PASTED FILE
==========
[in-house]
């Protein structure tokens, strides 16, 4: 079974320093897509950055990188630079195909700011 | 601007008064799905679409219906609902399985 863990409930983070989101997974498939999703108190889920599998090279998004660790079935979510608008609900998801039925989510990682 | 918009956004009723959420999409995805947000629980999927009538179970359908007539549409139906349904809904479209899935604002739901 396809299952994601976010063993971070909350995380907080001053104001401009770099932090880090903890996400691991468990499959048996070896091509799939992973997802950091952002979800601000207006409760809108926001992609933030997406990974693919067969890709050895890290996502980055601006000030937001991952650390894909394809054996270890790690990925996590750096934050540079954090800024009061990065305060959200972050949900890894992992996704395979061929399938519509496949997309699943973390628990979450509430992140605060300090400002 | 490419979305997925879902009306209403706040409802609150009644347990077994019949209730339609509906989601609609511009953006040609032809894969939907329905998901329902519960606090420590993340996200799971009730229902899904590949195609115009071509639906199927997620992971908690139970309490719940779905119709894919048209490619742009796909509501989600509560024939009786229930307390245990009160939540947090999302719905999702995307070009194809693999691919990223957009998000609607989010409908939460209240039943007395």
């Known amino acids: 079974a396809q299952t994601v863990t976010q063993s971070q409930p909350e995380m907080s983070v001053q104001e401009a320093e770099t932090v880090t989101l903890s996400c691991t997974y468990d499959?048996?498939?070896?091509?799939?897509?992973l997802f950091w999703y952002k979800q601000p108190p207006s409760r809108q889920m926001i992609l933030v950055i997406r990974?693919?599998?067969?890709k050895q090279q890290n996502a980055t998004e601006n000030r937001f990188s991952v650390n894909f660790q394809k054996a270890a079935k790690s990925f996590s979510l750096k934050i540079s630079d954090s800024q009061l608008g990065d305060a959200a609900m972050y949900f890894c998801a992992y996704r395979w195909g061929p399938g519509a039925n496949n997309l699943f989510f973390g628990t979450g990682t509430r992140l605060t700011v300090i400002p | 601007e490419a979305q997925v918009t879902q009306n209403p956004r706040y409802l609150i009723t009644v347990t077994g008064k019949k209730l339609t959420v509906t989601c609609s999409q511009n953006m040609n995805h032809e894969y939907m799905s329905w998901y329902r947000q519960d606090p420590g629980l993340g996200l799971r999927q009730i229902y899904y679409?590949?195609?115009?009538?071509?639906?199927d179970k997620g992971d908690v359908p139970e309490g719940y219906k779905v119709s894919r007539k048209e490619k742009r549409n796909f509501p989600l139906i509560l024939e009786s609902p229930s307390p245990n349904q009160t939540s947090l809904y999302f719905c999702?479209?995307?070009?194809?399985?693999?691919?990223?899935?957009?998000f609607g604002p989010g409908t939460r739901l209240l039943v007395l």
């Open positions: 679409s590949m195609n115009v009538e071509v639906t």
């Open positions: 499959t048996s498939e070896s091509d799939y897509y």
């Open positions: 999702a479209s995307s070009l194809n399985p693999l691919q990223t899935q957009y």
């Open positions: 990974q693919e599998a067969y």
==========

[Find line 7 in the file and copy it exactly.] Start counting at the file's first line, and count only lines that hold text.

């Open positions: 990974q693919e599998a067969y």